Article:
Thursday, August 27, 2009

Propofol sedation and Michael Jackson..

Okay, I like Happy's blog for the most part, we have been in MASSIVE disagreements over the utilization and deployment of PA's, and NP's, but I also for the most part respect his opinion....

HOWEVER, here, I think Happy has lost it.

Trying to assert that giving propofol in a persons bedroom, and leaving 10 minutes after administration to go to the restroom, is similar to administration in an outpatient healthcare setting is just crazy. That is truly, jumping the shark.

I give propofol frequently for shoulder and hip dislocations, fracture reductions, central line placement, chest tube placement, etc. I also use etomidate, versed, and other sedatives/anesthetics. But never, unless I have airway equipment at the ready, including a laryngoscope and ET tube, and never without proper monitoring. In fact, I had to take a course on concious sedation and prove competency prior to being able to use them. Which is a GOOD thing.

These are serious drugs, and one has to have a VERY healthy respect for them. Using them in someone's bedroom is crazy. Using them, and then leaving 10 min in (which, btw, is just about when they will be awakening with propofol) to go the restroom is criminal.

But that's my opinion.


Erin said...

I am glad that at least one professional in the healthcare field is recognizing something wrong with the scene in which Michael Jackson died. For the last month or so that he has been dead, everyone is so caught up in the drama and the media stories that are coming out; yet, there are so many health risks that could/should have been caught and he might still be alive.

Anonymous said...

Phyasst, You don't provide anesthesia for your patients do you? Usually an Nurse Anesthetist (CRNA) or Anesthesiologist provide MAC anesthesia in ER setting because it would be foolish for the non anesthesia provider to do so. Propofol is an induction drug an should only be administered by the Anesthetist.

Anonymous said...

Wow, while you're doing a closed reduction you also administer MAC anesthesia and manage the airway. Your No, damn're really good. All we need is a couple of PAs like you and this health care crisis would be solved.'re the bomb!

Michael Halasy, MS, PA-C, DHSc(c) said...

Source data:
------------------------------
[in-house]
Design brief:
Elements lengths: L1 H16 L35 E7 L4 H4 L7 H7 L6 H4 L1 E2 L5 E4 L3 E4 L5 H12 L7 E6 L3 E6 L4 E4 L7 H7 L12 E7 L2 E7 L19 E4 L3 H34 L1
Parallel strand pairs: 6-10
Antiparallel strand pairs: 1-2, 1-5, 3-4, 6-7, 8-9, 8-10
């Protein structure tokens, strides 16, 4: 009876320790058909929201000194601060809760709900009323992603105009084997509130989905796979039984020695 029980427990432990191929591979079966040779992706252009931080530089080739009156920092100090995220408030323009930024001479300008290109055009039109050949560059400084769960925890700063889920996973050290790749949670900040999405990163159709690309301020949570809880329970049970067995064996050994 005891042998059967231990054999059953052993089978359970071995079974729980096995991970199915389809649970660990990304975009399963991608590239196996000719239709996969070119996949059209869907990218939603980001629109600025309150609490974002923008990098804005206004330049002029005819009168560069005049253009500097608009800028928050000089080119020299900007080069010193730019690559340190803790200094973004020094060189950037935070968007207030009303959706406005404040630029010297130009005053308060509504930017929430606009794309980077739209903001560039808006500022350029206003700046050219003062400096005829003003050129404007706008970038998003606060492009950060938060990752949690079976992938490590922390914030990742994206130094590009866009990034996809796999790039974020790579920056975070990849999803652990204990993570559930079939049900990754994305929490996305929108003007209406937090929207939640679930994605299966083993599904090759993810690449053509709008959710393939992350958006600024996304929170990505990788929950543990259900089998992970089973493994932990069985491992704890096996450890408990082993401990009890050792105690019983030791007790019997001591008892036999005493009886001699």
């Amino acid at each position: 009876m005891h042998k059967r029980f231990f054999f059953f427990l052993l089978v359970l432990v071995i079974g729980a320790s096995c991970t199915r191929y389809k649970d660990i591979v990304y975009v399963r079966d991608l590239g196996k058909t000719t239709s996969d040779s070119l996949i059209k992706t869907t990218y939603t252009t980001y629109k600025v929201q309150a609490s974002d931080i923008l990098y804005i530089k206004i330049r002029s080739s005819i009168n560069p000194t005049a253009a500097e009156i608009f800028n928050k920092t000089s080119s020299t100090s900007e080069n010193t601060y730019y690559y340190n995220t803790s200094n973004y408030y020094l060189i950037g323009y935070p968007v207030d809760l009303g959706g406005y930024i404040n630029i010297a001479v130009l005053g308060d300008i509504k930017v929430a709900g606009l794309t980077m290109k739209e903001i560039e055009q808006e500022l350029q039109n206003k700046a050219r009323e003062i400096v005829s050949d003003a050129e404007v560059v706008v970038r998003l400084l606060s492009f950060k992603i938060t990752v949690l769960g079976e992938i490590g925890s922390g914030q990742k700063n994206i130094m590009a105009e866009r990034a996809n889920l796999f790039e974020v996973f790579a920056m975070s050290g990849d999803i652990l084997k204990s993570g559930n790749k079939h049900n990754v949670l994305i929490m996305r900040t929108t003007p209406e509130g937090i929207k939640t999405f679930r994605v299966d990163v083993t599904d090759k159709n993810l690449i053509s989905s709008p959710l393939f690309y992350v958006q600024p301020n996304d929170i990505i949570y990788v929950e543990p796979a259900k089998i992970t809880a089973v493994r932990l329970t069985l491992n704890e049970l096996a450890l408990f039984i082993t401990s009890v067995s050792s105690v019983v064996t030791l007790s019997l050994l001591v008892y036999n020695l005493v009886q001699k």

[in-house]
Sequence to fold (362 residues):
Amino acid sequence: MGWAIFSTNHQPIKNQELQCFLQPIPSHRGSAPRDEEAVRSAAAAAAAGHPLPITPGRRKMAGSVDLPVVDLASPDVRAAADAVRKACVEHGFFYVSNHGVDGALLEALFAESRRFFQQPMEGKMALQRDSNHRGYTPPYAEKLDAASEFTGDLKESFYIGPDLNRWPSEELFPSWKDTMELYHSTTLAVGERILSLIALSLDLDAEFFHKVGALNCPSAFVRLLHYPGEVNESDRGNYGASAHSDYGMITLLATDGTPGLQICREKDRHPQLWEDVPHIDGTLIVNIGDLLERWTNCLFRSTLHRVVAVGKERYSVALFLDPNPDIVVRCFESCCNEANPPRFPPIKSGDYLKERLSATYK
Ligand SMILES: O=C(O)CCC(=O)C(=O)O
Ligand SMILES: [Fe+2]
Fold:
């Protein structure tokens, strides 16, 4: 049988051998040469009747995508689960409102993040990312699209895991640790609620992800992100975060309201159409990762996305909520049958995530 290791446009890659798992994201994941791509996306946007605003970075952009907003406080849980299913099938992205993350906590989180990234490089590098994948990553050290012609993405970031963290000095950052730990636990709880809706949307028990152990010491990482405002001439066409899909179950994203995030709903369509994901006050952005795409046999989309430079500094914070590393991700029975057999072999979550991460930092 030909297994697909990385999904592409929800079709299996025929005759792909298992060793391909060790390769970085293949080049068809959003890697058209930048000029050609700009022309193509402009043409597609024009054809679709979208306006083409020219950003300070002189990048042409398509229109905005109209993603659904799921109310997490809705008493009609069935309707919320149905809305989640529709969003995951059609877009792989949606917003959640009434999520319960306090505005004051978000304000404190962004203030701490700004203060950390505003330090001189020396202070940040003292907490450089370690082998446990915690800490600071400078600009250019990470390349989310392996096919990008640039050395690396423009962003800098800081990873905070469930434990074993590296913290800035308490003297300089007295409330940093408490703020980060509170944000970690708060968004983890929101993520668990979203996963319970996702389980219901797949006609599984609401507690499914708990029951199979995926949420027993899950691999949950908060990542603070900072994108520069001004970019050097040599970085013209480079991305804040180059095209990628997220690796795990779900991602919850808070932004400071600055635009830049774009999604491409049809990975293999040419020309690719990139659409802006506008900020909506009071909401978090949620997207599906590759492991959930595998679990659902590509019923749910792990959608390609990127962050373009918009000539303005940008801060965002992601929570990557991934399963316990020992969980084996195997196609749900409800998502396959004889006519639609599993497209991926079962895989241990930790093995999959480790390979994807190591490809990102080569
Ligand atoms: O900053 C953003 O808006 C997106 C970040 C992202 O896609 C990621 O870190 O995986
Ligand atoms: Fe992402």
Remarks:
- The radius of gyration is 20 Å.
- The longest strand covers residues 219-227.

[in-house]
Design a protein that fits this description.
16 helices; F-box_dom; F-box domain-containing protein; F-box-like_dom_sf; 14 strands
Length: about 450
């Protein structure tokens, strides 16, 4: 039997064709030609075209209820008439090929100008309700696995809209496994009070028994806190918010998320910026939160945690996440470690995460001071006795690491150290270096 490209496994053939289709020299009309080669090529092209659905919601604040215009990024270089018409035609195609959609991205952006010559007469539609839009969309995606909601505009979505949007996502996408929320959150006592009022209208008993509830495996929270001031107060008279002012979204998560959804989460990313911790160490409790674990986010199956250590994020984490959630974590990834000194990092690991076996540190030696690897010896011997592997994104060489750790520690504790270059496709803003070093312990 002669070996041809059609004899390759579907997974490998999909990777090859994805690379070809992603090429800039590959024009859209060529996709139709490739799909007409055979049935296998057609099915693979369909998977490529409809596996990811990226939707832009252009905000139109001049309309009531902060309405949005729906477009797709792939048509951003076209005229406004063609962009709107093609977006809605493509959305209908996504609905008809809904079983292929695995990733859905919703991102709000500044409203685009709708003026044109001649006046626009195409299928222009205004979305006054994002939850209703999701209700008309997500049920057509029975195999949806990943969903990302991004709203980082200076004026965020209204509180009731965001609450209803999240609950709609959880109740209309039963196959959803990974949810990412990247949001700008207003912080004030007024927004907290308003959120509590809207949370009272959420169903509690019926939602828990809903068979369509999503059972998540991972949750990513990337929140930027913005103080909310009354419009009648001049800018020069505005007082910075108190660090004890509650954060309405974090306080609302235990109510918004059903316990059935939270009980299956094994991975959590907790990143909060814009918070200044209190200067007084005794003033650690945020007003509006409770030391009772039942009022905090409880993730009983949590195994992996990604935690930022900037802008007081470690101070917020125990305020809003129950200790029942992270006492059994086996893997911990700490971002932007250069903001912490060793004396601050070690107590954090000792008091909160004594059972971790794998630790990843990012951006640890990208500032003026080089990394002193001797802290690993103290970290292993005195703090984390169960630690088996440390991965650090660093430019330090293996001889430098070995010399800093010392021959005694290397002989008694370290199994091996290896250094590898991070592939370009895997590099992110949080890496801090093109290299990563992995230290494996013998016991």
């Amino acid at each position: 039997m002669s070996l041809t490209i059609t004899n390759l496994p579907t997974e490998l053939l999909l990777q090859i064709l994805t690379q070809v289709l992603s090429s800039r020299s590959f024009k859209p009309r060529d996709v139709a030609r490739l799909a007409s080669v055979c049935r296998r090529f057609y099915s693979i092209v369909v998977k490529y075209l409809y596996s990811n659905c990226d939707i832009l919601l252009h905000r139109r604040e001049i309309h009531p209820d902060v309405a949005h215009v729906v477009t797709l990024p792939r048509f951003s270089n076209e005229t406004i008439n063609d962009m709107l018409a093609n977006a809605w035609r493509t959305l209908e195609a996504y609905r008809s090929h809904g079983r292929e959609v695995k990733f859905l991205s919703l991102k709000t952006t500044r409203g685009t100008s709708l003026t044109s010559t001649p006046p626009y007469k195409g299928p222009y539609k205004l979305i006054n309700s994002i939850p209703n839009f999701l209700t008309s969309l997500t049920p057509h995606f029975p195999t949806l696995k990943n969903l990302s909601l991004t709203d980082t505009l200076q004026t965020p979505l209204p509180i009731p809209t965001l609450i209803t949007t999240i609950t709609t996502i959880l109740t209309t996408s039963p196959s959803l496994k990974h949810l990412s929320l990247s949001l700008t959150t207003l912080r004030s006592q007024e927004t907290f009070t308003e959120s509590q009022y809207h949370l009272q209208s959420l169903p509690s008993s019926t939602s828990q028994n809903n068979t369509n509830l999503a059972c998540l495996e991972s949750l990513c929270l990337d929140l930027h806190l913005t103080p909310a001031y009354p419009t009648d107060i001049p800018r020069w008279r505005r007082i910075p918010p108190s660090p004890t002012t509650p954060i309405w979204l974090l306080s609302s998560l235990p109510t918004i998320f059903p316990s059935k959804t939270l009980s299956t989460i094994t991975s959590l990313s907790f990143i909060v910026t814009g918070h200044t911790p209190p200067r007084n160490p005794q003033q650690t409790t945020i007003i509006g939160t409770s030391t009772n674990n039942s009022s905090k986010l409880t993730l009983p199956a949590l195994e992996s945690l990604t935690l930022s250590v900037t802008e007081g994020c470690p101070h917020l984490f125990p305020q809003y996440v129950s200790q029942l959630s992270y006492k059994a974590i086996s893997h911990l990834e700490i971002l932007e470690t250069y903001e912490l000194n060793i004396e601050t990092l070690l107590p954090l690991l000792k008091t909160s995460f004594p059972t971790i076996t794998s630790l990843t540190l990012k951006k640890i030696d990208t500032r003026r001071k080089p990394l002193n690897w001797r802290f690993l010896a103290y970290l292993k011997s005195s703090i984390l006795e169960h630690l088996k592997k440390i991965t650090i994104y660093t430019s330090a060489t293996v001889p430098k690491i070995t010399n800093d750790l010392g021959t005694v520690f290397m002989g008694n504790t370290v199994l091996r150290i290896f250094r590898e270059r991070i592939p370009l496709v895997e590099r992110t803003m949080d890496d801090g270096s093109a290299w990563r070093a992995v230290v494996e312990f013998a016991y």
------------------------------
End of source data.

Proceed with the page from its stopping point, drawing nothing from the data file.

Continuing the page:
In our ER, The ER providers administer the sedatives. Usually we have two providers, one to administer the sedation and monitor the patients airway, and another to perform the procedure. We also have respiratory available to assist with airway management if needed. In some of the smaller ER's, when there is only one provider, I order the sedation, then with two nurses, one to monitor the patient, the other to administer the drug, you perform the procedure. I have only seen anesthesia come to the ER on very rare occasions. Usually for a prolonged procedure or sedation, such as upper GI endoscopy.

As far as the second comment, of course you cannot do both simultaneously, and I don't believe I stated so in the initial post. But nice ad hom.

Michael Halasy, MS, PA-C, DHSc(c) said...

Lastly, it depends greatly on the setting. At the tertiary setting I work at, we administer the sedation, OR perform the procedure, but not both. Often, it is another specialty such as Orthopedics performing the reduction, etc.etc. At the Community Hospital I moonlight at, the CRNA will often come in to do the sedation...not always, as if they need an intubation, there is no time to get a CRNA to come in from home, but, often they do.

At the critical access hospital, there is no anesthesia on call, and the family med doc will usually come in, but they often just observe, as the nurses administer the sedation, and perform the monitoring.

You'll note that one of my statements in the OP was:

"and never without proper monitoring."

I certainly never implied, or meant to imply that you can do sedation, monitor the patient, and perform the procedure all simultaneously. THAT would be foolish indeed.